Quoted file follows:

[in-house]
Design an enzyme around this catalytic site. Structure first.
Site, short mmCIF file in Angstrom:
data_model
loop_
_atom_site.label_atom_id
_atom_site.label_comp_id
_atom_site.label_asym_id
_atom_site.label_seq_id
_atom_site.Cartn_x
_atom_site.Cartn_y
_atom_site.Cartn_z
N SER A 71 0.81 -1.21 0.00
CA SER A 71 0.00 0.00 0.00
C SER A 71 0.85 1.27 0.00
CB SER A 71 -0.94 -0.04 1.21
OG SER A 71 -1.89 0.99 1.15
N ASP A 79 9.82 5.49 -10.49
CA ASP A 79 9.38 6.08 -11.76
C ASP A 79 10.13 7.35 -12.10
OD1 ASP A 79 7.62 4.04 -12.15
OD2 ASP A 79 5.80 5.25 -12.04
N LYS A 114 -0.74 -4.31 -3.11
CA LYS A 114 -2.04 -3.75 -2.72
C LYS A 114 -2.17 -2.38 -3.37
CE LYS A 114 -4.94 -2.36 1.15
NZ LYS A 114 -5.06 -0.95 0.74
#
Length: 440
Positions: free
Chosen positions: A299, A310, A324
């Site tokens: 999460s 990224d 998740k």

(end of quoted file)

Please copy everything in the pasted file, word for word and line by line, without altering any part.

[in-house]
Design an enzyme around this catalytic site. Structure first.
Site, short mmCIF file in Angstrom:
data_model
loop_
_atom_site.label_atom_id
_atom_site.label_comp_id
_atom_site.label_asym_id
_atom_site.label_seq_id
_atom_site.Cartn_x
_atom_site.Cartn_y
_atom_site.Cartn_z
N SER A 71 0.81 -1.21 0.00
CA SER A 71 0.00 0.00 0.00
C SER A 71 0.85 1.27 0.00
CB SER A 71 -0.94 -0.04 1.21
OG SER A 71 -1.89 0.99 1.15
N ASP A 79 9.82 5.49 -10.49
CA ASP A 79 9.38 6.08 -11.76
C ASP A 79 10.13 7.35 -12.10
OD1 ASP A 79 7.62 4.04 -12.15
OD2 ASP A 79 5.80 5.25 -12.04
N LYS A 114 -0.74 -4.31 -3.11
CA LYS A 114 -2.04 -3.75 -2.72
C LYS A 114 -2.17 -2.38 -3.37
CE LYS A 114 -4.94 -2.36 1.15
NZ LYS A 114 -5.06 -0.95 0.74
#
Length: 440
Positions: free
Chosen positions: A299, A310, A324
């Site tokens: 999460s 990224d 998740k």